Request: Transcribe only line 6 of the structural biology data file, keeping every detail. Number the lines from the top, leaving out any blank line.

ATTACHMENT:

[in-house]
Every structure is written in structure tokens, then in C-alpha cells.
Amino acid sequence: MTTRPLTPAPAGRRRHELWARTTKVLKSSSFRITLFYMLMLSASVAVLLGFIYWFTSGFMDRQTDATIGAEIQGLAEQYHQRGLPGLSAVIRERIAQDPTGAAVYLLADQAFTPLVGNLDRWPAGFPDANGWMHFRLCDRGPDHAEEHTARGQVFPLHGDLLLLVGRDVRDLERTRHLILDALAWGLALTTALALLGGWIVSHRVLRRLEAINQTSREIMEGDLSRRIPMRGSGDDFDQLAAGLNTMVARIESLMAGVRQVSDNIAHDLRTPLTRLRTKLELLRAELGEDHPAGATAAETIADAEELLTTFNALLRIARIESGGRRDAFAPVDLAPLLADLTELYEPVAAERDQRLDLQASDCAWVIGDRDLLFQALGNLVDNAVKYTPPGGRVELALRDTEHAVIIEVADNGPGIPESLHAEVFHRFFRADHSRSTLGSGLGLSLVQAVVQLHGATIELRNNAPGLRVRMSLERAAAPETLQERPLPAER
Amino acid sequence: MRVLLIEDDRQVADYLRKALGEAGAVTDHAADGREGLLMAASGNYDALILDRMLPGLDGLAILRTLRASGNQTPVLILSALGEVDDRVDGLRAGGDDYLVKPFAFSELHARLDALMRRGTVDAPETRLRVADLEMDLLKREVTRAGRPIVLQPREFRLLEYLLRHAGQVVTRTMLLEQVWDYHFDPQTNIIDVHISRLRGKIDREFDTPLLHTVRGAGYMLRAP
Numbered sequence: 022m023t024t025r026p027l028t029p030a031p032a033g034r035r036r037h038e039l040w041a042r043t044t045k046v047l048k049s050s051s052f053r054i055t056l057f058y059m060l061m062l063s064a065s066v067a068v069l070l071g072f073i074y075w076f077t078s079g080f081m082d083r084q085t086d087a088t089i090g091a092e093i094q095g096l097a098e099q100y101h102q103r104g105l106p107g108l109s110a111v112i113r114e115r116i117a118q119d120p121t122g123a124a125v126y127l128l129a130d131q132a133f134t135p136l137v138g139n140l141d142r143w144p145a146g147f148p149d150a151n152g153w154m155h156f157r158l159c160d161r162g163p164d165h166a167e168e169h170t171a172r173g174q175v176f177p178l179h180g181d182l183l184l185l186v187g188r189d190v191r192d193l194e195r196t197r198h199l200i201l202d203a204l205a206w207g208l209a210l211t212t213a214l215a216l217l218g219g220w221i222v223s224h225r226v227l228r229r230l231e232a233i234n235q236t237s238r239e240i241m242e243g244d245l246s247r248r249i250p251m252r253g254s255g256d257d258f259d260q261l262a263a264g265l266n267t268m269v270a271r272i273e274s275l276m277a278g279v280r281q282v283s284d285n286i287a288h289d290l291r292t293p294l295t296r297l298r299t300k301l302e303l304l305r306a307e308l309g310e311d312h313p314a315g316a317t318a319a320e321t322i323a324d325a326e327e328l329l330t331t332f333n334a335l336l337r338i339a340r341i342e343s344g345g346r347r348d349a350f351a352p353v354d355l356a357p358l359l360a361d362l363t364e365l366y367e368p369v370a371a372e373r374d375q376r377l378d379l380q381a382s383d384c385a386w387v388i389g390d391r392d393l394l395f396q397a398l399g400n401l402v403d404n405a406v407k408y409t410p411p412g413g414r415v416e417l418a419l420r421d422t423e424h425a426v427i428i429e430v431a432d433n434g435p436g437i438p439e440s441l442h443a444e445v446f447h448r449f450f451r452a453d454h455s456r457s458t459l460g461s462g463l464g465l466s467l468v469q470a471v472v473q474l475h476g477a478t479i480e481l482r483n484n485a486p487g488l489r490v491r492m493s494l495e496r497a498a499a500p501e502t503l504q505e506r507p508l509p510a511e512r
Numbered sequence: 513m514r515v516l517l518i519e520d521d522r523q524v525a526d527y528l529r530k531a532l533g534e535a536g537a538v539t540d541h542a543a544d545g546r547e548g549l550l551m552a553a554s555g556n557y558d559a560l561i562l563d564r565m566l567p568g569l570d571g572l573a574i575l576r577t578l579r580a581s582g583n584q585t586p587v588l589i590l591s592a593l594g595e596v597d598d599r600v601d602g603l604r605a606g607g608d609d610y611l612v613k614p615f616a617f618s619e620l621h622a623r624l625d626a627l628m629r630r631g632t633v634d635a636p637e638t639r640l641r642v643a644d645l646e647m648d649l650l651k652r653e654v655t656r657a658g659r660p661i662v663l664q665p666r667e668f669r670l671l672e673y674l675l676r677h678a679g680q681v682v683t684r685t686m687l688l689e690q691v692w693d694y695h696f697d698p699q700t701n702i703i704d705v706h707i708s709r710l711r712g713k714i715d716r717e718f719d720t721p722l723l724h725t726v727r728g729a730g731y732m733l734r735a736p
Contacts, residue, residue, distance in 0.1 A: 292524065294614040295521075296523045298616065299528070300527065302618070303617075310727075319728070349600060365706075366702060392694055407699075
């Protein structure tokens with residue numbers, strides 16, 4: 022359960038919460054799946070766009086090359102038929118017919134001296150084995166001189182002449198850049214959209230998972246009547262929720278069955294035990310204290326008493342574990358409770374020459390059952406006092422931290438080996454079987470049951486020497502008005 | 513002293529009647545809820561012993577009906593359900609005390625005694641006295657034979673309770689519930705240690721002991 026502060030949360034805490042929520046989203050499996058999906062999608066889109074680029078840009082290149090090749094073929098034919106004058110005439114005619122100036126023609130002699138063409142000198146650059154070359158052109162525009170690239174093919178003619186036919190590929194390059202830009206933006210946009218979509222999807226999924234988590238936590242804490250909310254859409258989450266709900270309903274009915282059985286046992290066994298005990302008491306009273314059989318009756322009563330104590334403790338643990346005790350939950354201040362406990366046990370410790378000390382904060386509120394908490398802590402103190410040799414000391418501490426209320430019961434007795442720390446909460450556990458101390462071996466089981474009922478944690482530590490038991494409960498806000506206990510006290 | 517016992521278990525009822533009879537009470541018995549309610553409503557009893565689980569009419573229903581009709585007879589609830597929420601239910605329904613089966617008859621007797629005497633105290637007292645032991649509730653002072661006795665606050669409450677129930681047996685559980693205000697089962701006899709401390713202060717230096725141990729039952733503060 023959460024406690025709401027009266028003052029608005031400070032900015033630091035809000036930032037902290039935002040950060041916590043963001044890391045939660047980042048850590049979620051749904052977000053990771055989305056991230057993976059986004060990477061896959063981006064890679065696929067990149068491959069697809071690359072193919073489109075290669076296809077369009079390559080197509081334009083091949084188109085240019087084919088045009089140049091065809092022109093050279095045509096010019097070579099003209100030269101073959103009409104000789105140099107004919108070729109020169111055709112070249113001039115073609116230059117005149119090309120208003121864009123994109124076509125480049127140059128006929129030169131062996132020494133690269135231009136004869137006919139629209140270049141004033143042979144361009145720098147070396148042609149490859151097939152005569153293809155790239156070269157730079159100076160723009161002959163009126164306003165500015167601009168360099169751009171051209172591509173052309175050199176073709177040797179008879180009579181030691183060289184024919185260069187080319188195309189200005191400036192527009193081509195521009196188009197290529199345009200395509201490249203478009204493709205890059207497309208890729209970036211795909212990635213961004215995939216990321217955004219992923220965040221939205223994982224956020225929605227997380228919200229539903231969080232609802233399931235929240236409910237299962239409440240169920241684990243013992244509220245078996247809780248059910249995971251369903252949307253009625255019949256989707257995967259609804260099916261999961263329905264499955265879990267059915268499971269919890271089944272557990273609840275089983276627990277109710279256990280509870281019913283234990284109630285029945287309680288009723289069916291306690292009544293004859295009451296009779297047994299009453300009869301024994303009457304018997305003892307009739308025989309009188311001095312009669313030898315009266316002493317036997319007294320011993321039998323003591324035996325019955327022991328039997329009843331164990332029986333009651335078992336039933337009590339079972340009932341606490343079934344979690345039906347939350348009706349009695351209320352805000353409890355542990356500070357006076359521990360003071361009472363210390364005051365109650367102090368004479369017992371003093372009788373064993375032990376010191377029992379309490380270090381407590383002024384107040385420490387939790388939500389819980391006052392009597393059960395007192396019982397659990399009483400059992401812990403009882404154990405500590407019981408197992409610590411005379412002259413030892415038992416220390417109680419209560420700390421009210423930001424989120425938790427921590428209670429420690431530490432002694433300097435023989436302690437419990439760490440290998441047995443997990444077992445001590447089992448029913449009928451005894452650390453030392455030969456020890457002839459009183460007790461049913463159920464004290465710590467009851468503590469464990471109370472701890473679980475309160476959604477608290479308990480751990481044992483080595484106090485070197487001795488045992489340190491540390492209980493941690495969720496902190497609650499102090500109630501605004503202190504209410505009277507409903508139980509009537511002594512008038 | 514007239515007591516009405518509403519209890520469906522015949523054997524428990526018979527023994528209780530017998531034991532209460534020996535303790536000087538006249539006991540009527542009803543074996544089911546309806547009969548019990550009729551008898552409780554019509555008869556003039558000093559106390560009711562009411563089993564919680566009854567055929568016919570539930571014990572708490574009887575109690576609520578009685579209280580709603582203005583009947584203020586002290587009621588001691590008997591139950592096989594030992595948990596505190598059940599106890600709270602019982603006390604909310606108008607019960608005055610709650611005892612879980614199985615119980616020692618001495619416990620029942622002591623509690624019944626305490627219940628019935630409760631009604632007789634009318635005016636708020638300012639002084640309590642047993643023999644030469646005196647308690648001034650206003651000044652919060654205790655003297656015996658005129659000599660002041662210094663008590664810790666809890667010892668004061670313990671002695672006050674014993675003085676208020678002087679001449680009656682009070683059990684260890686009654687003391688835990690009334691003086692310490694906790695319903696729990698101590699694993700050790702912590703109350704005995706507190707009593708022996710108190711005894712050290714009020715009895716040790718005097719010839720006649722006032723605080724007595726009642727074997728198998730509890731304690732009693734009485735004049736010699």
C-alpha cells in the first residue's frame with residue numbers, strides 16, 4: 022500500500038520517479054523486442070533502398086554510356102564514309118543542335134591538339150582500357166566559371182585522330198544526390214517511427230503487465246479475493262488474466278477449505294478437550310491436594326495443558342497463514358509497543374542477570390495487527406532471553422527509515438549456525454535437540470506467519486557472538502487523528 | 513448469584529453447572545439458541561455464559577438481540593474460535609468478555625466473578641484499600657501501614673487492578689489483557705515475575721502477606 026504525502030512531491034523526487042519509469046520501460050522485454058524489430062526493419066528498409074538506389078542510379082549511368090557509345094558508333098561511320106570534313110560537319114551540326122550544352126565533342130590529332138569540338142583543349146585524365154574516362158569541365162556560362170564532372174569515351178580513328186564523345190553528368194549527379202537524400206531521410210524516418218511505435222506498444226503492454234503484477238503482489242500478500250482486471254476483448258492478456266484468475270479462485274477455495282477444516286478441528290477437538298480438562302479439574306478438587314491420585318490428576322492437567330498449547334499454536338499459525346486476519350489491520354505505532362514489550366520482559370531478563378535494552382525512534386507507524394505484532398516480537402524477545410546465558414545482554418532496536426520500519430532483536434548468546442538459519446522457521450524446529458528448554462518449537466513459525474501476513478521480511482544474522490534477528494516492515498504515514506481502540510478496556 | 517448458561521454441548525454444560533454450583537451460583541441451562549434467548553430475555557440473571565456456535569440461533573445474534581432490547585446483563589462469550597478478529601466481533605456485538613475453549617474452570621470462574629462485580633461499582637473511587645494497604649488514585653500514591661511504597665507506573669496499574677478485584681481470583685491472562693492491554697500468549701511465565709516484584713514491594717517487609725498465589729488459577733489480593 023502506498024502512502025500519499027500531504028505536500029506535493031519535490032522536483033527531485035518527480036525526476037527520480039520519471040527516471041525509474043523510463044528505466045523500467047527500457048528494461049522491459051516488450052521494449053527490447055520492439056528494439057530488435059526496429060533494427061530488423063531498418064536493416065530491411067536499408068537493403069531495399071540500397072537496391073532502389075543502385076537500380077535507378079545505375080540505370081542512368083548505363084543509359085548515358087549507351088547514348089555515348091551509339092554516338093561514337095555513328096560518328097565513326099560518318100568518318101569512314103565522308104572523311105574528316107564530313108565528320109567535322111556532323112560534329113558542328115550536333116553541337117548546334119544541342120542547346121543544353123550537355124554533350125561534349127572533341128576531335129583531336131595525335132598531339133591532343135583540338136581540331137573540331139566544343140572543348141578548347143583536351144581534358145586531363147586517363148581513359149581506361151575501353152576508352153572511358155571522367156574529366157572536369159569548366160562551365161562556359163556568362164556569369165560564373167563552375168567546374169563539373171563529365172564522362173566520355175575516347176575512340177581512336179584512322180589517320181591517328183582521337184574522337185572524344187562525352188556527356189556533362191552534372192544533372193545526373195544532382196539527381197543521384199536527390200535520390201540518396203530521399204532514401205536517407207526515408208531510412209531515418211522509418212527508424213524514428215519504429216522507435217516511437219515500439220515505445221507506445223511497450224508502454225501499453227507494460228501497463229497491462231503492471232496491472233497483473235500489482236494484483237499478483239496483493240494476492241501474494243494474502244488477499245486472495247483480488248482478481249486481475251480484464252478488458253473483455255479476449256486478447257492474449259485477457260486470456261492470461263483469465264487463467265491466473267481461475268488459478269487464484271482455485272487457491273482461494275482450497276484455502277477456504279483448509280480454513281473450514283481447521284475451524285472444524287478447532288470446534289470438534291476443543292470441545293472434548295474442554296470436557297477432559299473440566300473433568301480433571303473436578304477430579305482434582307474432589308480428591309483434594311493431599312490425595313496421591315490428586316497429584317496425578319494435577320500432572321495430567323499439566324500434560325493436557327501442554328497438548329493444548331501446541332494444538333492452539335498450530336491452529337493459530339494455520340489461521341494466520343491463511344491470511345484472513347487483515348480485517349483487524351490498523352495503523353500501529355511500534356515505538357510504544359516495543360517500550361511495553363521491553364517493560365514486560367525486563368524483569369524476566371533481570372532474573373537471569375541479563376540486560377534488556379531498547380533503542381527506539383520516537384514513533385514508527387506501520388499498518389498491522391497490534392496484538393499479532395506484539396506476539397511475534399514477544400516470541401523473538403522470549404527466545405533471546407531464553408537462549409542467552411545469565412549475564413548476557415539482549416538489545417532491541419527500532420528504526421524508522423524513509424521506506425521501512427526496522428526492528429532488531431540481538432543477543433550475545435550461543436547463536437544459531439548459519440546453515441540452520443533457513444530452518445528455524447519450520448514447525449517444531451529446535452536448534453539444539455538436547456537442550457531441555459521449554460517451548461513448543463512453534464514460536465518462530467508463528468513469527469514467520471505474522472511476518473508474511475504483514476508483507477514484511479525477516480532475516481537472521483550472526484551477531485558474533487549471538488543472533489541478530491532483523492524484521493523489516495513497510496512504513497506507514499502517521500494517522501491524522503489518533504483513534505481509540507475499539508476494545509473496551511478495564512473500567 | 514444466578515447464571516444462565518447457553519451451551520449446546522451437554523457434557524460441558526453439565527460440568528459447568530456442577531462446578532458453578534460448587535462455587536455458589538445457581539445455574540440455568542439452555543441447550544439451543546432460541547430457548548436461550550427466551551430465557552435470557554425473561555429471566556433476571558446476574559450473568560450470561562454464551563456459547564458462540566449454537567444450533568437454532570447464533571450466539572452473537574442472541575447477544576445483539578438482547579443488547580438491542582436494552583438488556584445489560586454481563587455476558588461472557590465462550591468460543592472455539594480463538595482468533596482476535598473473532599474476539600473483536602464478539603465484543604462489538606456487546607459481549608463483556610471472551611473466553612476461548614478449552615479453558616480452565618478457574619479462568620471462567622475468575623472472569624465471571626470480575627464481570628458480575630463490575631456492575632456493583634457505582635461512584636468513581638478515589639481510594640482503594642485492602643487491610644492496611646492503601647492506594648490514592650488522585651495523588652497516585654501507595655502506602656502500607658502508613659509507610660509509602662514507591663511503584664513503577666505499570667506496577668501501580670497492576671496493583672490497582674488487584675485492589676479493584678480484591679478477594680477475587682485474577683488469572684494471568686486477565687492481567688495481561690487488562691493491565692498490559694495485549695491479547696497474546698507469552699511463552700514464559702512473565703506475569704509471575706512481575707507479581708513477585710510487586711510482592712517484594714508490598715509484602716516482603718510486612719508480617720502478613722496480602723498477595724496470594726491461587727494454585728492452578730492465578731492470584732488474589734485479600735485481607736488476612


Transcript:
Numbered sequence: 513m514r515v516l517l518i519e520d521d522r523q524v525a526d527y528l529r530k531a532l533g534e535a536g537a538v539t540d541h542a543a544d545g546r547e548g549l550l551m552a553a554s555g556n557y558d559a560l561i562l563d564r565m566l567p568g569l570d571g572l573a574i575l576r577t578l579r580a581s582g583n584q585t586p587v588l589i590l591s592a593l594g595e596v597d598d599r600v601d602g603l604r605a606g607g608d609d610y611l612v613k614p615f616a617f618s619e620l621h622a623r624l625d626a627l628m629r630r631g632t633v634d635a636p637e638t639r640l641r642v643a644d645l646e647m648d649l650l651k652r653e654v655t656r657a658g659r660p661i662v663l664q665p666r667e668f669r670l671l672e673y674l675l676r677h678a679g680q681v682v683t684r685t686m687l688l689e690q691v692w693d694y695h696f697d698p699q700t701n702i703i704d705v706h707i708s709r710l711r712g713k714i715d716r717e718f719d720t721p722l723l724h725t726v727r728g729a730g731y732m733l734r735a736p